Just as Princess aims to personalize the onboard experience to unmatched levels using Ocean Medallion, Holland America Line is aiming to personalize the destination experience with its new onboard Explorations Central (EXC).
EXC's hub will be located in the Crow's Nest, providing pax an onboard venue for gathering information about upcoming ports.
It's a logical follow up to HAL’s partnership with Utrip, launched last year. The Utrip platform on the HAL website delivers personalized content about destinations, as supplied by AFAR Media. EXC extends that personalization experience, enabling further research opportunities onboard.
When Holland America Line first made the announcement about EXC in November, it sounded promising, but it wasn't until we saw the mock up in the Crow's Nest onboard Koningsdam this month that we understood the depth of Holland's commitment.
Bill Prince, VP of Entertainment Enrichment walked Cruise Week through the renderings.
"Destinations are a huge part of who we are," he said. "So we looked for ways to uniquely enhance the experience. As we wanted to have an experience on the ship that helps with that discovery, we are building a world-class physical manifestation of the discovery of the ports to which we sail."
EXC will be on all of the larger ships (in terms of age, from the Zuiderdam, built in 2002, and newer). "The bulk of the fleet will have EXC by the early part of 2019," said Prince. "The first will be on Westerdam in May."
Personalized Service & Future Cruises
Pointing to the service counter, Prince noted: "This is where our EXC team is going to be available from early in the morning until the middle of the evening to address any questions you have about where you'd like to go.
Guests can also make decisions based on knowledge gained from EXC Guides. "We're going to sell what we call EXC Tours, formerly known as shore excursions, from this service counter," said Prince.
He also reported the Future Cruise program [commissionable] will be moved into this space: "We're happy to get them on their next cruise right there in this space; we're getting them excited about it here."
A series of "discovery tables" will be located throughout the space. "What these tables do is feature curated stories around every port," said Prince. "It's about things you may not know about that are interesting to a casual traveller."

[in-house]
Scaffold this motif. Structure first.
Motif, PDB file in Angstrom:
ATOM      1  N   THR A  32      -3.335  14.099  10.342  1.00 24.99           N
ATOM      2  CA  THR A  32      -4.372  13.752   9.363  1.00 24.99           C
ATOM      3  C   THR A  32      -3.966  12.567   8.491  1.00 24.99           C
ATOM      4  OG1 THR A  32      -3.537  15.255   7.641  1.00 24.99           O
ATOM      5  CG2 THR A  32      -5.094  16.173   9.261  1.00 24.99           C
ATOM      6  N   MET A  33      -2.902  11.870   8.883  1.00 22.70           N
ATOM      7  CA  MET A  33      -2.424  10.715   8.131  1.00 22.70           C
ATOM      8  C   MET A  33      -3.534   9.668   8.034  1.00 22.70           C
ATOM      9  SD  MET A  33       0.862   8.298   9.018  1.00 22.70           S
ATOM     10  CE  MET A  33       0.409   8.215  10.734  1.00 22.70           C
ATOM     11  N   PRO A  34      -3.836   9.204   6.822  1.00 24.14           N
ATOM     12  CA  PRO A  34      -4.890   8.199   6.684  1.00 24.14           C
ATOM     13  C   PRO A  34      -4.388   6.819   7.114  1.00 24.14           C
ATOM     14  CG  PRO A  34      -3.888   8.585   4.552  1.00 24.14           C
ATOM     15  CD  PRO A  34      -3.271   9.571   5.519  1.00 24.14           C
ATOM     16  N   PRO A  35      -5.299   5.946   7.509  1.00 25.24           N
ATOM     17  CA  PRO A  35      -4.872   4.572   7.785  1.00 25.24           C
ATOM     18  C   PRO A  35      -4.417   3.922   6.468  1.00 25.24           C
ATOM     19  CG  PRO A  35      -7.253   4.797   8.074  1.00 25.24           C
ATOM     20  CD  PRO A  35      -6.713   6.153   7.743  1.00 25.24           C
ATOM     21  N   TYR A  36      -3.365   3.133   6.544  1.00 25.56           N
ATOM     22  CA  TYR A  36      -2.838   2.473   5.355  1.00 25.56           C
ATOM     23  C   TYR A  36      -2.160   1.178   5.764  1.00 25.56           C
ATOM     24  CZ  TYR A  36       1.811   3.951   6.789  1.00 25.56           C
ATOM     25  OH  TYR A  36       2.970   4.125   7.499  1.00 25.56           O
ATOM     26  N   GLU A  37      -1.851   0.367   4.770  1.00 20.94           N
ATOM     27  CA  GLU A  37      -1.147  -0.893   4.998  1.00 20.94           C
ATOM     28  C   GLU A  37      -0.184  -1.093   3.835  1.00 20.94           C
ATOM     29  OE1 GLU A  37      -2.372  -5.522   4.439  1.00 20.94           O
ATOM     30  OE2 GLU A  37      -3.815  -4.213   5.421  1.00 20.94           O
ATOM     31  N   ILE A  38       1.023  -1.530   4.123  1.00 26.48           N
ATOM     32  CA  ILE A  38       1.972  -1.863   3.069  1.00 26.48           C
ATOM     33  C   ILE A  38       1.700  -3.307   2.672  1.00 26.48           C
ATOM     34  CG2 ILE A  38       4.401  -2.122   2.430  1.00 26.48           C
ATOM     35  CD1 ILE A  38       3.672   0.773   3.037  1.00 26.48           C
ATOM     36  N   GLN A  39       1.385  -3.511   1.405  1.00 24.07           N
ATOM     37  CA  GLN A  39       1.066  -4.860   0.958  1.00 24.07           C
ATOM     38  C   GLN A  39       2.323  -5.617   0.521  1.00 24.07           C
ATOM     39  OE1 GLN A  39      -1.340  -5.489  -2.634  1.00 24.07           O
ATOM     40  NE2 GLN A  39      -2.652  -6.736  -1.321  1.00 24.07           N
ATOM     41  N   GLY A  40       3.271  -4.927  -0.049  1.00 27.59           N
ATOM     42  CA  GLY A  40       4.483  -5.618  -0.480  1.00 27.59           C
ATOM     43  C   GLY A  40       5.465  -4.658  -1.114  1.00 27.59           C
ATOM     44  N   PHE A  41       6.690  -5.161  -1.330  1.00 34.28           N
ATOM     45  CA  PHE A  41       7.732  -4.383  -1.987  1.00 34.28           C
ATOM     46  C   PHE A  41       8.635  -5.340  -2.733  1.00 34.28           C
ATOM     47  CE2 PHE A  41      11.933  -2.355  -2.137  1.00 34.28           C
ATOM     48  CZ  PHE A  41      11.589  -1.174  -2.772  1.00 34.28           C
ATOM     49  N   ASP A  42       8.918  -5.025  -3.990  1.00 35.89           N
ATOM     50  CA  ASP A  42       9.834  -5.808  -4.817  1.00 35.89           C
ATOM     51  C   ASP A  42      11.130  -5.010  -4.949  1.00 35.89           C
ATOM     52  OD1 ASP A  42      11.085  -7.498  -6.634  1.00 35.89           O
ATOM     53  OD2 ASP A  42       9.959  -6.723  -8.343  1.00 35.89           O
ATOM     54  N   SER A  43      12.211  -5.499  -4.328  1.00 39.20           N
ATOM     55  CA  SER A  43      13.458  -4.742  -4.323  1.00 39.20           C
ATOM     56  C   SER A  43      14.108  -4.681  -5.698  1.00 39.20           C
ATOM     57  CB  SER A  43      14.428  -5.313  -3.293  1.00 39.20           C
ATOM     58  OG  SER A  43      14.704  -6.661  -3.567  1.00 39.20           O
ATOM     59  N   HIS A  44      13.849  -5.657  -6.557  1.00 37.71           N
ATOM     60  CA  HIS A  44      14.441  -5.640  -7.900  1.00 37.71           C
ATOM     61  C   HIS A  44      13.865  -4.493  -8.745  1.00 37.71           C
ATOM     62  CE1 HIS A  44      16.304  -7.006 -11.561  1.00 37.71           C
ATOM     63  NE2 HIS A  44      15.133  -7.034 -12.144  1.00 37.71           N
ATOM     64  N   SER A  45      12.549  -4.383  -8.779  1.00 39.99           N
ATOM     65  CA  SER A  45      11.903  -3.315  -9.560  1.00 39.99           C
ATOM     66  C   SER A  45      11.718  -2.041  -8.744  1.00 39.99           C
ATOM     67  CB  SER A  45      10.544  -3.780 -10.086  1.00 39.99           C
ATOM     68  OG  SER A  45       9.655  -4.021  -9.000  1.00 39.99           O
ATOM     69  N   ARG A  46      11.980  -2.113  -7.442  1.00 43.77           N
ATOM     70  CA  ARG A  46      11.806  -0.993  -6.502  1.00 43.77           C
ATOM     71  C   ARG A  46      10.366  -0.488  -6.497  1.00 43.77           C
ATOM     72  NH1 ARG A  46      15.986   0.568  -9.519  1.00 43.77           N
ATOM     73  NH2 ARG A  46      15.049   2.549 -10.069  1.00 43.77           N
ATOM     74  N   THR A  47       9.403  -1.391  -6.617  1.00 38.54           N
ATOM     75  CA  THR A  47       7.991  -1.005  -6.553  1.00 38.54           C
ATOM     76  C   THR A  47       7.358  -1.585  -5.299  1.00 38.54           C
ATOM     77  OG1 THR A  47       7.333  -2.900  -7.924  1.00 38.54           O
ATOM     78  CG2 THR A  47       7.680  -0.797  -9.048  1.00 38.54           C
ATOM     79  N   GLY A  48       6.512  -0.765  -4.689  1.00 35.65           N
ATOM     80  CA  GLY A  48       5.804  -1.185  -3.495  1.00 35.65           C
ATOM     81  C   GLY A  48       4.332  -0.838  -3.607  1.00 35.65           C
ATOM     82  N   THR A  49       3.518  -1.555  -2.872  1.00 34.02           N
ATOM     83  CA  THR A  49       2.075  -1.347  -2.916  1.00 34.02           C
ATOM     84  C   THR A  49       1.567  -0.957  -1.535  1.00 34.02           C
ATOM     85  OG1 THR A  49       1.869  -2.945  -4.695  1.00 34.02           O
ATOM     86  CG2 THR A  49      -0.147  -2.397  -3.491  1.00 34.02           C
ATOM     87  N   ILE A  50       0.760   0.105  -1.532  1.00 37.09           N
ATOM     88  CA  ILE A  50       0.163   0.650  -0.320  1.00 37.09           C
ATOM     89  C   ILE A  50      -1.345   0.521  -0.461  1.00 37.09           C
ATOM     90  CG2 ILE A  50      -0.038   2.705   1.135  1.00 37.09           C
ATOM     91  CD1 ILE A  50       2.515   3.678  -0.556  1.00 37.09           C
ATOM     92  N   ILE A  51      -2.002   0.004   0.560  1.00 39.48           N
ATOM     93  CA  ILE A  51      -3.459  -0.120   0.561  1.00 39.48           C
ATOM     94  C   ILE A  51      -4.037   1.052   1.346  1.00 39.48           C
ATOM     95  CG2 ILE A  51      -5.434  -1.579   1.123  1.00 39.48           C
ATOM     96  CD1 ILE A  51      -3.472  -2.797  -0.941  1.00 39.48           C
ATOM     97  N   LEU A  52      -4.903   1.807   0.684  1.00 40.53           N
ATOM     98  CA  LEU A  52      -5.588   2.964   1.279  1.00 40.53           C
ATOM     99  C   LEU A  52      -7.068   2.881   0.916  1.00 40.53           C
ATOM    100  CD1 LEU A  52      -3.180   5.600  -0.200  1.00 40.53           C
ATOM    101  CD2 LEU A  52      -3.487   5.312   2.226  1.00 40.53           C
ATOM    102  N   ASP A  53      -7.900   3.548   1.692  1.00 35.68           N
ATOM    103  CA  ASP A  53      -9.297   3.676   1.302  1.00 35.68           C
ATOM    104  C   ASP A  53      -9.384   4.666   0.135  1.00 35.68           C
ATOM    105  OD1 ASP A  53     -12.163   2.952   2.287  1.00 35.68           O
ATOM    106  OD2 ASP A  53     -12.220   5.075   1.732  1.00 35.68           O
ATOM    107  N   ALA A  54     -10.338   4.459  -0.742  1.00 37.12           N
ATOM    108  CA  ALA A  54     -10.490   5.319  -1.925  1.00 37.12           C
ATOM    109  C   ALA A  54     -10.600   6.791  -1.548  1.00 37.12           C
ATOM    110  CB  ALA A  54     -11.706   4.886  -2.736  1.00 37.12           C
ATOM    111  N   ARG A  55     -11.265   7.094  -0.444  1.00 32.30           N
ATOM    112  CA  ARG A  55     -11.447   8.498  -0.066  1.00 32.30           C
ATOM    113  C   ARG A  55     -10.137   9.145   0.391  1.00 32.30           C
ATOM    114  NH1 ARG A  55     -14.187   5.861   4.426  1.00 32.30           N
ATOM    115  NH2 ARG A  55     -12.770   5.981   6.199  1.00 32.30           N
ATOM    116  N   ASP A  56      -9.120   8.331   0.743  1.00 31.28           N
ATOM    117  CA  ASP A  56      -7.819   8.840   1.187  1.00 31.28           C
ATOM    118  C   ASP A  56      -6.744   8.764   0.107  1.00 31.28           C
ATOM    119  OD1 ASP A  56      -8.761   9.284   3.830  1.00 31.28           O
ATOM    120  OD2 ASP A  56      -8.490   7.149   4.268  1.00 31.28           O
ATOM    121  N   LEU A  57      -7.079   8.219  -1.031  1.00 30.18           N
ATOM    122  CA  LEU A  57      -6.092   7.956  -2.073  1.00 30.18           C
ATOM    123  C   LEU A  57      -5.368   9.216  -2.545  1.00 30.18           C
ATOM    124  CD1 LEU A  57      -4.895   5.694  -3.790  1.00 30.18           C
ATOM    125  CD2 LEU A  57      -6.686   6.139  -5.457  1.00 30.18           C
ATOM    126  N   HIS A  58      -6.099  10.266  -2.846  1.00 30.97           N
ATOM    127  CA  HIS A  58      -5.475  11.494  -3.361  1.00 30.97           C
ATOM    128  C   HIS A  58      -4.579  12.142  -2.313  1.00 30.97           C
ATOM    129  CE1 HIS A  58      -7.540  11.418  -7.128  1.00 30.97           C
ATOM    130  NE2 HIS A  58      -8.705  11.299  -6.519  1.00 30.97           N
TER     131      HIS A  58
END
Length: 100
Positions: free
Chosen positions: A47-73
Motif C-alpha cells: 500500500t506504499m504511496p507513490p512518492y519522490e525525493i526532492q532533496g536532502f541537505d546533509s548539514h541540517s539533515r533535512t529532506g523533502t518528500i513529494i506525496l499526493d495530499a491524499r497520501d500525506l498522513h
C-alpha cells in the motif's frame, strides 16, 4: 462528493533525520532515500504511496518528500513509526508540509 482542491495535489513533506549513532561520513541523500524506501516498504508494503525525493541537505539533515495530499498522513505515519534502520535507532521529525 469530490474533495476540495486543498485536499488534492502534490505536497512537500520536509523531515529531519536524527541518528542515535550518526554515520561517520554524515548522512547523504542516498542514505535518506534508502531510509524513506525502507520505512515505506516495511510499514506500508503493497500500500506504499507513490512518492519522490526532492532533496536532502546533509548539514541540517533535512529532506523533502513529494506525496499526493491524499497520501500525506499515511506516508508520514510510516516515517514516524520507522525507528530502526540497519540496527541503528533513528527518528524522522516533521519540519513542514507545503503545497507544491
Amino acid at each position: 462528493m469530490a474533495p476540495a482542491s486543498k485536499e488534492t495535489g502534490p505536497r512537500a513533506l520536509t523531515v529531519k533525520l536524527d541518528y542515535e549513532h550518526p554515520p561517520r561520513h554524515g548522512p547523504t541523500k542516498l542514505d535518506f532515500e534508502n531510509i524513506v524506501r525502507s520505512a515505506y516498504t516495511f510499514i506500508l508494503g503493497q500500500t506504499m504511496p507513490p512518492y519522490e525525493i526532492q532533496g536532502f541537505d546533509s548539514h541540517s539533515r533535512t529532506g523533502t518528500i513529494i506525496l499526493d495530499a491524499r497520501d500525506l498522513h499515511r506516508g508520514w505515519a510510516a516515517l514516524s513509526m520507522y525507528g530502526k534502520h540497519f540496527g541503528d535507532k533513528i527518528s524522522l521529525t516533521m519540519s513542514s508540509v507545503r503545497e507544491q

There will be several hundred such stories, covering every itinerary HAL sails.
Digital EXC screens will show stories about the destinations, as well as arrival date, the language, the currency, the weather forecast, and how things are going to unfold in the next port. EXC Talks will teach some of the local customs and features of each port of call.
Most importantly, customers are not losing the best aspects of the Crow's Nest.
There are still going to be the gorgeous views; there's still going to be the partnership with the New York Times, where pax can sit at a terminal and delve into archives online or do the crossword puzzle. The coffee bar is being expanded and moved into the center of the room.
Another comfortable aspect, the library, remains, but books in the future will be more destination-oriented as opposed to a broad choice of literature.
Tools For Exploration
In a sense, EXC is similar to what Holland America has done for years with its enrichment program, in which destination specialists spoke about upcoming ports, but now it's going to be supplemented with books, videos, and other tools.
The EXC experience is multifaceted, extending well beyond the Crow's Nest. As one example, through EXC Encounters, local cultural representatives will come on board before the ship reaches the next destination and share cultural traditions. Examples include lei making on the pool deck, steel drum lessons in the Main stage theatre and local cooking demonstrations in America’s Test Kitchen.
HAL President Orlando Ashford summed up the EXC experience neatly: "EXC will profoundly change how our guests are immersed in the history, culture, and cuisine of the places we visit."